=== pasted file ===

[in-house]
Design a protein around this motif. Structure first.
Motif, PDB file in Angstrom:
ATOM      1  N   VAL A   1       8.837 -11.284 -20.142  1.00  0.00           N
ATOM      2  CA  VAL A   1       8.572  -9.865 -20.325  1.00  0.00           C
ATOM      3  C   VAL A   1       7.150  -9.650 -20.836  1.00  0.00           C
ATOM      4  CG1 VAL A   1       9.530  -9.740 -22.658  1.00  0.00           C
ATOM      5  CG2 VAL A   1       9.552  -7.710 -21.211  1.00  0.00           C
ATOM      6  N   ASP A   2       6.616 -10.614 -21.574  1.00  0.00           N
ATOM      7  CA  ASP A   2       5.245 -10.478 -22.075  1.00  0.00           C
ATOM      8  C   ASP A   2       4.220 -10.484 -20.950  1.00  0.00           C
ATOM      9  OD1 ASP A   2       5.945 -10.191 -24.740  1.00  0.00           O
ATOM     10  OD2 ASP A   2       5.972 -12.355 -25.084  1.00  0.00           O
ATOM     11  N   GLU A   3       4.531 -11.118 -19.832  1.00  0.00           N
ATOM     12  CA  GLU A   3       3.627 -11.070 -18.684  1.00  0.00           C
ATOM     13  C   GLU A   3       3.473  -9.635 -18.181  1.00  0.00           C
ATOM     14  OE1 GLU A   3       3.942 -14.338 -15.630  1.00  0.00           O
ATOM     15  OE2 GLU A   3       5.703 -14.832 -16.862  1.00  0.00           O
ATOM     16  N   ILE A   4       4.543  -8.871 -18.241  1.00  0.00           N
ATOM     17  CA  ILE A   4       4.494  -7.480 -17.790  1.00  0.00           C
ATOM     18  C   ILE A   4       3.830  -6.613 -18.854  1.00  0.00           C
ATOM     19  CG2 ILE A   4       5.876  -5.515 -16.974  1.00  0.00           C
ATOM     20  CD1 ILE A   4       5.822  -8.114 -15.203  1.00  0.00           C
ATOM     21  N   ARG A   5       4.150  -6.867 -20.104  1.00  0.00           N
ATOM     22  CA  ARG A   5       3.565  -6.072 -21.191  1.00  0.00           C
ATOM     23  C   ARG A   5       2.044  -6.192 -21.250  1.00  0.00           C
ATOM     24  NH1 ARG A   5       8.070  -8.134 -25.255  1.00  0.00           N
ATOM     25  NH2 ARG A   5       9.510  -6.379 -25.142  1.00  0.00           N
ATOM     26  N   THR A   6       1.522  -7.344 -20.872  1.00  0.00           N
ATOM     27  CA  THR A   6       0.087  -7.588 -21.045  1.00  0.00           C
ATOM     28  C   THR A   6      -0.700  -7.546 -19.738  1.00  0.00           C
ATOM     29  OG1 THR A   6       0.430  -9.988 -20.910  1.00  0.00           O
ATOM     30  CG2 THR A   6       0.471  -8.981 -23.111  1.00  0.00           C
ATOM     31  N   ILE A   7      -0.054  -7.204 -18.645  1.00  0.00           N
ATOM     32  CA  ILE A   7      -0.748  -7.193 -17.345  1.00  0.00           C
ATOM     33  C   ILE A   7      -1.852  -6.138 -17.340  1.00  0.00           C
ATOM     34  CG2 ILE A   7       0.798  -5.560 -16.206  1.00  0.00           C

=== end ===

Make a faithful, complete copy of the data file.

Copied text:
[in-house]
Design a protein around this motif. Structure first.
Motif, PDB file in Angstrom:
ATOM      1  N   VAL A   1       8.837 -11.284 -20.142  1.00  0.00           N
ATOM      2  CA  VAL A   1       8.572  -9.865 -20.325  1.00  0.00           C
ATOM      3  C   VAL A   1       7.150  -9.650 -20.836  1.00  0.00           C
ATOM      4  CG1 VAL A   1       9.530  -9.740 -22.658  1.00  0.00           C
ATOM      5  CG2 VAL A   1       9.552  -7.710 -21.211  1.00  0.00           C
ATOM      6  N   ASP A   2       6.616 -10.614 -21.574  1.00  0.00           N
ATOM      7  CA  ASP A   2       5.245 -10.478 -22.075  1.00  0.00           C
ATOM      8  C   ASP A   2       4.220 -10.484 -20.950  1.00  0.00           C
ATOM      9  OD1 ASP A   2       5.945 -10.191 -24.740  1.00  0.00           O
ATOM     10  OD2 ASP A   2       5.972 -12.355 -25.084  1.00  0.00           O
ATOM     11  N   GLU A   3       4.531 -11.118 -19.832  1.00  0.00           N
ATOM     12  CA  GLU A   3       3.627 -11.070 -18.684  1.00  0.00           C
ATOM     13  C   GLU A   3       3.473  -9.635 -18.181  1.00  0.00           C
ATOM     14  OE1 GLU A   3       3.942 -14.338 -15.630  1.00  0.00           O
ATOM     15  OE2 GLU A   3       5.703 -14.832 -16.862  1.00  0.00           O
ATOM     16  N   ILE A   4       4.543  -8.871 -18.241  1.00  0.00           N
ATOM     17  CA  ILE A   4       4.494  -7.480 -17.790  1.00  0.00           C
ATOM     18  C   ILE A   4       3.830  -6.613 -18.854  1.00  0.00           C
ATOM     19  CG2 ILE A   4       5.876  -5.515 -16.974  1.00  0.00           C
ATOM     20  CD1 ILE A   4       5.822  -8.114 -15.203  1.00  0.00           C
ATOM     21  N   ARG A   5       4.150  -6.867 -20.104  1.00  0.00           N
ATOM     22  CA  ARG A   5       3.565  -6.072 -21.191  1.00  0.00           C
ATOM     23  C   ARG A   5       2.044  -6.192 -21.250  1.00  0.00           C
ATOM     24  NH1 ARG A   5       8.070  -8.134 -25.255  1.00  0.00           N
ATOM     25  NH2 ARG A   5       9.510  -6.379 -25.142  1.00  0.00           N
ATOM     26  N   THR A   6       1.522  -7.344 -20.872  1.00  0.00           N
ATOM     27  CA  THR A   6       0.087  -7.588 -21.045  1.00  0.00           C
ATOM     28  C   THR A   6      -0.700  -7.546 -19.738  1.00  0.00           C
ATOM     29  OG1 THR A   6       0.430  -9.988 -20.910  1.00  0.00           O
ATOM     30  CG2 THR A   6       0.471  -8.981 -23.111  1.00  0.00           C
ATOM     31  N   ILE A   7      -0.054  -7.204 -18.645  1.00  0.00           N
ATOM     32  CA  ILE A   7      -0.748  -7.193 -17.345  1.00  0.00           C
ATOM     33  C   ILE A   7      -1.852  -6.138 -17.340  1.00  0.00           C
ATOM     34  CG2 ILE A   7       0.798  -5.560 -16.206  1.00  0.00           C